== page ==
RECAP: Blackhawks fall 2–1 to Stars in shootout


The Blackhawks limped into Dallas on Saturday night after back-to-back losses at home on Tuesday and Thursday. The Blackhawks looked to get back on track against their central division foe on a special night in Dallas. 

Corey Perry celebrated his 1,000th NHL game on Saturday in Dallas. The forward spent the majority of those 1,000 games in Anaheim with the Ducks but has rebounded this year with a change of scenery. 

The Blackhawks rolled out their lines and the lineup looked very similar to many of their last five games. The lines were as follows:

DeBrincat StromeKane
Kubalik Kampf Shaw

Keith Gustafsson
de HaanSeabrook



First period

The early portion of the period was a lot of back and forth between the two teams, but not a lot of quality chances were generated. The best chance of the first ten minutes came from Corey Perry. On the night of his 1,000th game, he could have put the Stars ahead early. Instead, he just flat out missed on his attempt to bury a puck with Lehner out of position.

Although Perry could not bury his chance, the Stars still struck first. Around the 14-minute mark, the Stars won a key faceoff in the Blackhawks’ zone. John Klingberg, in his first game back from injury, wired a shot through traffic that was tipped in front by Roope Hintz and ultimately found its way behind Robin Lehner. 

Although the Stars dominated the period, the Blackhawks found a way to capitalize on an A+ opportunity. On a play that started with Connor Murphy getting the puck up the boards, Patrick Kane tipped the pass further to Alex DeBrincat. “The Cat” led the charge up ice with Olli Maatta and had a two-on-one. DeBrincat and Maatta played catch, but the final move came from Maatta, getting his shot to squeak past Anton Khudobin to tie the game. The goal was the first as Blackhawk for Maatta.

Patrick Kane picked up the secondary assist, extending his point streak to 12 games. Kane has been sensational all season thus far.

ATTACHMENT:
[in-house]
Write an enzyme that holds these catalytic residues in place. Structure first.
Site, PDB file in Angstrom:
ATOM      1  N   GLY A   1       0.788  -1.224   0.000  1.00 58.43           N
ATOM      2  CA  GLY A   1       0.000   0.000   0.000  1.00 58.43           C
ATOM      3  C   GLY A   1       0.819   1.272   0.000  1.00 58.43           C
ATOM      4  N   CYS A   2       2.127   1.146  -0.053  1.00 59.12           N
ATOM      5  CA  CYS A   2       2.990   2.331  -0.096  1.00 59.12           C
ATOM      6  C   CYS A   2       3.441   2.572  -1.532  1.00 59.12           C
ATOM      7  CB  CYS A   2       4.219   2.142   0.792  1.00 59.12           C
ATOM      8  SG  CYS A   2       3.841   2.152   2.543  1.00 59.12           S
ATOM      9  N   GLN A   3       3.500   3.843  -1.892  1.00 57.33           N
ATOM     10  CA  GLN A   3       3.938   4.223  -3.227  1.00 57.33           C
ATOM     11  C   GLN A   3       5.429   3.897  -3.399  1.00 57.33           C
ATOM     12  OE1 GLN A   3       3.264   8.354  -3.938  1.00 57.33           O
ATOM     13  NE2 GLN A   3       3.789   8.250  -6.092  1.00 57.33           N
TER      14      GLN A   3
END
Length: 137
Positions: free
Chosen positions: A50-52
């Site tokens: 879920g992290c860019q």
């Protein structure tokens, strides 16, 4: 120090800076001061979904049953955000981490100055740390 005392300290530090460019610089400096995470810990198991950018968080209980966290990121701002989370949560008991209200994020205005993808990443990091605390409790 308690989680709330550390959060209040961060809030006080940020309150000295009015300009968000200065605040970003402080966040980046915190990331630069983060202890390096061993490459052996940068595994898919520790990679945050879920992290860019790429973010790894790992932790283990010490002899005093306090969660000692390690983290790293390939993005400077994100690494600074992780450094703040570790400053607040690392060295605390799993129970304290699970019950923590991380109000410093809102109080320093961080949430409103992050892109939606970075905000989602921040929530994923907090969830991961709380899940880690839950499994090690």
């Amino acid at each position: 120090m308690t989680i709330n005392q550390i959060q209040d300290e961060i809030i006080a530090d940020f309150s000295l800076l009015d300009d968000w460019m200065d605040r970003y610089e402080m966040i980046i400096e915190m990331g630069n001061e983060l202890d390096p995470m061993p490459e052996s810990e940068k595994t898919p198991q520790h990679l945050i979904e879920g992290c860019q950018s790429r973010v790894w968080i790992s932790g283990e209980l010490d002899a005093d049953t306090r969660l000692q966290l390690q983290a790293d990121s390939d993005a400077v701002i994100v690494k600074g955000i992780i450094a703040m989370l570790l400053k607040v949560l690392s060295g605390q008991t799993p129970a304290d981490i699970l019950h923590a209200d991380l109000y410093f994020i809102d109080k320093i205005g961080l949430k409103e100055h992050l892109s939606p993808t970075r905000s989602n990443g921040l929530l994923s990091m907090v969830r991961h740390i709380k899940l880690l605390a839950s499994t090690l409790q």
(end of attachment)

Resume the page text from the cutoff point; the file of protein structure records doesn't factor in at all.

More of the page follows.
Despite how bad they played, the Blackhawks went into the first intermission tied at one. An excellent position to be in given how much the Stars dominated the first period. 


Second period

The period began with the Stars having a quality chance against Robin Lehner in the first minute. The Stars had a bit of a two-on-one. Jamie Benn, who coming into this game was riding a four-game point streak, failed to convert on the chance after the puck went off the toe of his stick.

The Blackhawks first excellent chance came via a power play in which DeBrincat was tripped by Blake Comeau to initiate the man advantage. The Blackhawks didn’t score on the power play, however, they dominated possession on the power play. They won every draw in the offensive zone, and only had to regroup once or twice before moving the puck around and getting shots on net. 

It’s safe to say if every Blackhawks power play looked that good all the time, they’d be much better statistically. 

On the other end of special teams, the Blackhawks killed off the first power play for the Stars in beautiful fashion. The Hawks killers swarmed the Stars and constantly applied pressure, leaving the Stars searching for answers as they were unable to generate any meaningful chances on their first man advantage of the evening. 

After the Hawks kill, the remaining five minutes of the period featured another Dallas Stars power play. However, seven seconds into the man advantage, Joe Pavelski was sent off for hitting David Kampf in the face. The roughing penalty resulted in four-on-four hockey for the remainder of the period. 

With ten seconds remaining, Jonathan Toews drew a penalty on Miro Heiskanen for holding. Toews had the puck for a good 20 seconds, skating circles around the Stars defenders without losing the puck. The penalty set up a four-on-three for 50 seconds.